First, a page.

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Why Do The Elderly Get So Angry?

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We get it, sometimes you can be a little surprised at the behavior of your senior parents. You thought they would soften with old age, but if anything, they’ve gotten angrier as the years have gone by. What is causing this anger in them? Is this a behavior you are seeing on a regular basis?

The elderly may get angry for several reasons. Among these are:

  • Realizing their own mortality
  • Lack of independence
  • Suffering with aches and pains
  • Medication side effects
  • Dementia or Alzheimer’s disease
  • Depression or other mental illness

You may notice that your parent gets upset over little things or nothing at all. The first step family members must take is to try to understand what the cause(s) may be and seeking professional help if needed, can help you to get through this time.

While it can be difficult for family members to be the target of emotional outbursts or abusive behavior, it can help you avoid taking it too personally if you can step into their shoes. It’s important for family caregivers to try to see what may be driving the aggressive behavior in their aging parent.

When negative emotions last for a long time and are maintained even when no longer appropriate, disorders such as chronic depression or anxiety ensue.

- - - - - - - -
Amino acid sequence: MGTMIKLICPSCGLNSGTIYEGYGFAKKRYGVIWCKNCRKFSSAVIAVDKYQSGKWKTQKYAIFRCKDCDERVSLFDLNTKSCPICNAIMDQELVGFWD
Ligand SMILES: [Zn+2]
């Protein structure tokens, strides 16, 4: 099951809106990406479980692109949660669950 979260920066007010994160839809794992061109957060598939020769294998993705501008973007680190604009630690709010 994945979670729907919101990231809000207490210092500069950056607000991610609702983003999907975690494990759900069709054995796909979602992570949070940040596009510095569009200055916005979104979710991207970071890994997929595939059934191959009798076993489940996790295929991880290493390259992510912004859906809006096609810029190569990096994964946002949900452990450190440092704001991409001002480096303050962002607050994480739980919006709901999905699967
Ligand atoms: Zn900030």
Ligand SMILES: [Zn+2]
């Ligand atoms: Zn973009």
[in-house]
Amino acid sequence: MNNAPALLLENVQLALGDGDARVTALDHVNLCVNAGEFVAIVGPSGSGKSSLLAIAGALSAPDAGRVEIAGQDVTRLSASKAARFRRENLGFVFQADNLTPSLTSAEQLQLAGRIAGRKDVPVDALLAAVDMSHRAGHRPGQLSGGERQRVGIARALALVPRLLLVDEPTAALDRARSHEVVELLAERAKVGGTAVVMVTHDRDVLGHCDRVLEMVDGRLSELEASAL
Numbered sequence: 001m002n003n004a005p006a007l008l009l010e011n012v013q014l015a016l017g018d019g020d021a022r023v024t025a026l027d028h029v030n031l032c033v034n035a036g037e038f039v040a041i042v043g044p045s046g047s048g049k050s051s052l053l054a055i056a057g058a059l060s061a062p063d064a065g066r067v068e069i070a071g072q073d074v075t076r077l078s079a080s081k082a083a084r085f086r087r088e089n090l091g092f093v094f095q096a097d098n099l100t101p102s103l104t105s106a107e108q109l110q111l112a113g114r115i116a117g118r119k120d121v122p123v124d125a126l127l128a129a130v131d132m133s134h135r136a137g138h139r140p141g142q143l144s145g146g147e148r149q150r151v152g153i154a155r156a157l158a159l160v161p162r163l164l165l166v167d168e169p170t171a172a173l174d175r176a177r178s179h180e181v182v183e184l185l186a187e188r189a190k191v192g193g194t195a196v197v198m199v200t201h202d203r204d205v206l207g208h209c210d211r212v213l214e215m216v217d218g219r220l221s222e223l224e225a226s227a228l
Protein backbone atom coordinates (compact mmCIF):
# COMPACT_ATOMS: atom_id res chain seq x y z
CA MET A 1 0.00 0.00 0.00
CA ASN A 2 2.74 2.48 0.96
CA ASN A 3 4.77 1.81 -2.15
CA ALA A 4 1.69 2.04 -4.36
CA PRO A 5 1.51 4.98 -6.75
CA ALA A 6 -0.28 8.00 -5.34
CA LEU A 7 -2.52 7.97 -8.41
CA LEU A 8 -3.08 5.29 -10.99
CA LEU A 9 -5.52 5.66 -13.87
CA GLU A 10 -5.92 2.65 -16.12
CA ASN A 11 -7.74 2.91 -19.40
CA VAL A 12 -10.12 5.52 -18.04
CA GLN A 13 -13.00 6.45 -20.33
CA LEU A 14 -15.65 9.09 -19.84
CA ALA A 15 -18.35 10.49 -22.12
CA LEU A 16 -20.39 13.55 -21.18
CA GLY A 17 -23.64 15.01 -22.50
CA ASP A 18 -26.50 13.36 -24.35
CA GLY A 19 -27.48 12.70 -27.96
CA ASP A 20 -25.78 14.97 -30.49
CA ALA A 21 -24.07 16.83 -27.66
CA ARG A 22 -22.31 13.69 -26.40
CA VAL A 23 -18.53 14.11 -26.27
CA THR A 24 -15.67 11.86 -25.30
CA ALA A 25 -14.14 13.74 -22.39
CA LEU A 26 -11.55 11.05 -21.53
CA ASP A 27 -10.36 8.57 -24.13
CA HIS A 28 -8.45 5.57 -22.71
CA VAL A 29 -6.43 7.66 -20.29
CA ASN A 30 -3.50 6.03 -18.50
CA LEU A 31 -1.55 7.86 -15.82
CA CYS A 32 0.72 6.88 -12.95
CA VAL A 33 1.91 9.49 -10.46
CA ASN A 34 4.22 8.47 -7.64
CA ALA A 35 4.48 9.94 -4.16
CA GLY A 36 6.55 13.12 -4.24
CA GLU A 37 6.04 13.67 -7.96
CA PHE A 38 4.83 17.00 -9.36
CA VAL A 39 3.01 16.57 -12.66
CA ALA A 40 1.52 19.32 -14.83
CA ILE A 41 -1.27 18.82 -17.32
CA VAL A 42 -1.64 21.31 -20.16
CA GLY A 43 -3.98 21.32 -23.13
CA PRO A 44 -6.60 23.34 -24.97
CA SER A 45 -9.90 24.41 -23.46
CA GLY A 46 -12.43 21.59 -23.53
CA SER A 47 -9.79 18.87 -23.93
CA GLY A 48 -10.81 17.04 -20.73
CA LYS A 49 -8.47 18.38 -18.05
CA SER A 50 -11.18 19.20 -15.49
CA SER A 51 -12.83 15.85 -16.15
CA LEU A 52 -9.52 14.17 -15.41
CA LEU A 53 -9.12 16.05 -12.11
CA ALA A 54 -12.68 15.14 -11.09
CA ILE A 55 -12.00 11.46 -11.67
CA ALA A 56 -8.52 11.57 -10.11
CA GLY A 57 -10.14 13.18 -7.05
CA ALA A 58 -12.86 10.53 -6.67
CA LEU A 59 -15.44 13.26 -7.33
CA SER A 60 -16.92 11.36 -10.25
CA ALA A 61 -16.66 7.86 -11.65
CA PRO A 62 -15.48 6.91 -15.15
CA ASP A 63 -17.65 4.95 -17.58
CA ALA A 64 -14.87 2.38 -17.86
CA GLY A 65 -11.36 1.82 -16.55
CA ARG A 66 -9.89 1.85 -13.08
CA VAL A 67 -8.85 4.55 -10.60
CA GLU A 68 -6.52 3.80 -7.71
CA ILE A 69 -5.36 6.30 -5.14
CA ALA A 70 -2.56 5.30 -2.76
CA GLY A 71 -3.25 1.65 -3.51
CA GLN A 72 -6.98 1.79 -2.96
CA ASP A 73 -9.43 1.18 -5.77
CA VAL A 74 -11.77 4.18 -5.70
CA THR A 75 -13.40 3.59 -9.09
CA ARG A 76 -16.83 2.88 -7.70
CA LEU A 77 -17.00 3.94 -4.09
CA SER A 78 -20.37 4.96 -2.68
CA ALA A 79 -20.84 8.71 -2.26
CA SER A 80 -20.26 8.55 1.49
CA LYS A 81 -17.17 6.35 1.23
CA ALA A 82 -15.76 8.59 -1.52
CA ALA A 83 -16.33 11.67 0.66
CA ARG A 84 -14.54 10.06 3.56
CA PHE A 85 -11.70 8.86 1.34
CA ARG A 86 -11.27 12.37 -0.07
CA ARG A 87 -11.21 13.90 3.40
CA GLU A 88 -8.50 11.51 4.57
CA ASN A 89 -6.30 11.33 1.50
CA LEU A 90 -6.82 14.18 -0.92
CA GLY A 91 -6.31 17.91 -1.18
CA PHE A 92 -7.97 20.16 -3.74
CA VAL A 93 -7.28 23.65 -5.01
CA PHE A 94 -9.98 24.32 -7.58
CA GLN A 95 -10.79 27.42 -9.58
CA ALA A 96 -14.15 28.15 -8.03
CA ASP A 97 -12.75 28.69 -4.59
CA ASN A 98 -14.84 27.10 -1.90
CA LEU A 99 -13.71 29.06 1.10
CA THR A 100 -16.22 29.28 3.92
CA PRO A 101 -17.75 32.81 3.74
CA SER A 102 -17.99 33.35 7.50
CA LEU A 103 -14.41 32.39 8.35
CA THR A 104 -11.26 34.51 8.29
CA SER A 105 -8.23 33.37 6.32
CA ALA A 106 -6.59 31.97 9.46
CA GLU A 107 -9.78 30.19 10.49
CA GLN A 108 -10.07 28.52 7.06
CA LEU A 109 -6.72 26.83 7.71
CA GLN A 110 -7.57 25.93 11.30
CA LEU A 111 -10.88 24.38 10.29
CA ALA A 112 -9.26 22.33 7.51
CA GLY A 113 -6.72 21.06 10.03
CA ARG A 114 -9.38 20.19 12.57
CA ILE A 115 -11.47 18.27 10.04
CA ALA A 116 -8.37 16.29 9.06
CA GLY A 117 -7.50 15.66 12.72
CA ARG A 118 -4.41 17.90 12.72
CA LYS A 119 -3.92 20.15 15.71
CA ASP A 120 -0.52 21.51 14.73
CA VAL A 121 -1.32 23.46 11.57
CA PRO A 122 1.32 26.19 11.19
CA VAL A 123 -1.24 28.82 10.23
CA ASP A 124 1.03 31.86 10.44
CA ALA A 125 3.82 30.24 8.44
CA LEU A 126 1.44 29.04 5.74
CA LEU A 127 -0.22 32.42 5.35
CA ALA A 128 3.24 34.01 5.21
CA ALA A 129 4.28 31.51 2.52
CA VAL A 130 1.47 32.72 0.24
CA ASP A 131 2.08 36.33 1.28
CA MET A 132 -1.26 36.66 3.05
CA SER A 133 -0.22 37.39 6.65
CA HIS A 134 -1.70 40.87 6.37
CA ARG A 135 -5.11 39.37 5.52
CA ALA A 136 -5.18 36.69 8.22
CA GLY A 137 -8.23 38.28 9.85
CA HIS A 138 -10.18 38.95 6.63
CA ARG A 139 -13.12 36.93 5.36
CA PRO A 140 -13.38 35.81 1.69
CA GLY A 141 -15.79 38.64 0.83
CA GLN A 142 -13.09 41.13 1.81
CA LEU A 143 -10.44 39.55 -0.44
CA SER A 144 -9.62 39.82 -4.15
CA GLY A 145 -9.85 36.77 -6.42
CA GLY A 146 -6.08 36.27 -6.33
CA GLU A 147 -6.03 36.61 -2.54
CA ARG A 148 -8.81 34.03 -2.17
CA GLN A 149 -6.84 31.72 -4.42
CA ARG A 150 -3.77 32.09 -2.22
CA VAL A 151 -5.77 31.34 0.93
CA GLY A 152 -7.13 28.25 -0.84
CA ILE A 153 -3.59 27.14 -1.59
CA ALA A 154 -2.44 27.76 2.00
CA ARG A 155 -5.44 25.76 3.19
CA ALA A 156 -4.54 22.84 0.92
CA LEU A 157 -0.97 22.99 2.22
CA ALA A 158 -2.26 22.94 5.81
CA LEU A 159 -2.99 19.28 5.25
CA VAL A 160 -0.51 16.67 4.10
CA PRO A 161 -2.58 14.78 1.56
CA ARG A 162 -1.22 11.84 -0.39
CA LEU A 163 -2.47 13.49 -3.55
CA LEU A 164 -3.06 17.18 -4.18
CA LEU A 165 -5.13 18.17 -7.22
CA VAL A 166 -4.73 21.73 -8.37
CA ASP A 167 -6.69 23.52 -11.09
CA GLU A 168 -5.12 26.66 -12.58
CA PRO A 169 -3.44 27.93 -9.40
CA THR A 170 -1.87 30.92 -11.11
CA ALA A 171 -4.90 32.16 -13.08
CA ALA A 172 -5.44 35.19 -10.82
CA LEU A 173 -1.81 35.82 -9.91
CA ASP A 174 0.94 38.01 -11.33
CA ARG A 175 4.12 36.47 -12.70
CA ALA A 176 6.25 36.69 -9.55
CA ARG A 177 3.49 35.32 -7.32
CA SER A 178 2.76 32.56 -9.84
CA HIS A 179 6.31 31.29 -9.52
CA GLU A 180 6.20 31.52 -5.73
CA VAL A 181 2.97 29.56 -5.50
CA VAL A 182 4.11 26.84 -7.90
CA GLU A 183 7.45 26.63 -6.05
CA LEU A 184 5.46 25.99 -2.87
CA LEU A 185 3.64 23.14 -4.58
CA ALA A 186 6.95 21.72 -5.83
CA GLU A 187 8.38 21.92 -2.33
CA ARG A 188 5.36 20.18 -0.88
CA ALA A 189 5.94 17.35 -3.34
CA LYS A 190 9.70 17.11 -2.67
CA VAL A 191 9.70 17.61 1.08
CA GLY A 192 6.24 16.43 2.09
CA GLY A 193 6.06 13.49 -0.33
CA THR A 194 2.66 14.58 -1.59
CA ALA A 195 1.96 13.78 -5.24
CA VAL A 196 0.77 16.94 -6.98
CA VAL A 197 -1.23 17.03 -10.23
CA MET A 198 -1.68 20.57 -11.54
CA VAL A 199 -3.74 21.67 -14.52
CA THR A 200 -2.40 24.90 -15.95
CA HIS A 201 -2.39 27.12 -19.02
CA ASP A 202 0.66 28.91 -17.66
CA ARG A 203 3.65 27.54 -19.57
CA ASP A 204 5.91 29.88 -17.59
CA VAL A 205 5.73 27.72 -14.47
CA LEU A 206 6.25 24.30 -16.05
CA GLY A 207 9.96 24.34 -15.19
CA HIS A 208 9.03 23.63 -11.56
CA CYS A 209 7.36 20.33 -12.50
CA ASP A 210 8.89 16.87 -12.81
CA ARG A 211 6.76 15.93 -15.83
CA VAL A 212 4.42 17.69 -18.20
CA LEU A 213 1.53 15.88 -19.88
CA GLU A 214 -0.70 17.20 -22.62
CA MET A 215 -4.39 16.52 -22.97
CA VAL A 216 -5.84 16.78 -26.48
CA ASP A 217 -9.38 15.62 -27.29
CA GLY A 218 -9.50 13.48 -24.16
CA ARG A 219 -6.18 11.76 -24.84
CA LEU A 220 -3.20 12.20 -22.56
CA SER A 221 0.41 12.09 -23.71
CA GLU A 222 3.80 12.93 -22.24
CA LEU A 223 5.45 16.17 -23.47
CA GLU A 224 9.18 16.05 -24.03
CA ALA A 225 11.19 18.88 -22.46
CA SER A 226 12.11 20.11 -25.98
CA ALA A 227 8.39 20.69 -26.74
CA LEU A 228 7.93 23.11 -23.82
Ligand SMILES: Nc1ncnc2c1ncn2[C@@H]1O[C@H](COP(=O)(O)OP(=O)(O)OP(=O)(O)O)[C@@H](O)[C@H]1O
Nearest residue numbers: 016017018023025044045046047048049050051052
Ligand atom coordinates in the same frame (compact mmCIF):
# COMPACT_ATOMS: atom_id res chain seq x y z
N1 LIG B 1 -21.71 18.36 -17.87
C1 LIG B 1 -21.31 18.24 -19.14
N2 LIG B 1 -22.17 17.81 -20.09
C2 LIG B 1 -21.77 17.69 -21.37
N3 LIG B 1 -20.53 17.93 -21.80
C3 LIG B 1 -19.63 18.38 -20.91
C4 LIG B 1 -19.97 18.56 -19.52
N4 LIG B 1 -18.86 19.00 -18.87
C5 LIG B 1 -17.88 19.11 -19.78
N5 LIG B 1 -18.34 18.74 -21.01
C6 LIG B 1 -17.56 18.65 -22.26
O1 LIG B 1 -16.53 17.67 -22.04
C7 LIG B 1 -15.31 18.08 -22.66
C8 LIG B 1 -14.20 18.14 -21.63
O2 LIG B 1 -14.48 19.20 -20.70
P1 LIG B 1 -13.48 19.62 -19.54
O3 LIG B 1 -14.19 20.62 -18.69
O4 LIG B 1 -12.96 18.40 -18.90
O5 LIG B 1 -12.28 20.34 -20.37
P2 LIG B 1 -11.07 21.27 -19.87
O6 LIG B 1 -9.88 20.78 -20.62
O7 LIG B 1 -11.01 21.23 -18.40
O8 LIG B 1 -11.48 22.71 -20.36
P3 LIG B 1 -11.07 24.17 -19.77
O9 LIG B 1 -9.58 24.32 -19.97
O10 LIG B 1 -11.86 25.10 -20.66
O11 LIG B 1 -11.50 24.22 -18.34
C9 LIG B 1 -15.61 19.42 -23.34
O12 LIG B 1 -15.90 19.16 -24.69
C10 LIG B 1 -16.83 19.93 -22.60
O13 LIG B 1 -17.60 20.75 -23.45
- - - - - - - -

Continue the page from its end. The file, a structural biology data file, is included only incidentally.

National Library of Medicine

Of course, there could certainly be a variety of reasons that are causing mood changes in your senior loved ones. And there may not be any specific warning sign to let you know that an angry outburst is about to happen.

Let’s take a deeper look into a few sources of what may be causing these senior outbursts.

Realizing Their Own Mortality

It’s never easy to admit you’re not invincible and won’t be around forever. Your senior parent may have denied their mortality to a point, but as the years have caught up with them, that’s getting harder to do.

This can induce anxiety and/or depression that makes them more likely to lash out at you and others.

Sometimes the death of a close friend, family member or even a pet can bring out fears and frustrations surrounding their own mortality.

Speaking with a trained counselor can be an important thing to do to help your elderly parent learn how to begin dealing with the issue of their own mortality.

Lack Of Independence

Another reason your elderly parents may be displaying aggressive outbursts is that they’re unhappy about having to give up their independence not to mention difficulties they may have with daily routine tasks.

Think about it – they have either lived on their own or with your other parent or a step-parent for years, but nowadays, they may struggle to get out of bed.

Sometimes elderly individuals have problems dressing themselves, cooking, or doing other activities throughout their day, so they need more help. 

This is not only frustrating, it can be a source of embarrassment as well. 

In my dad’s case, he had to surrender his driver’s license, which bothered him immensely. He was still talking about it almost right up until the day he passed away, about 15 months later.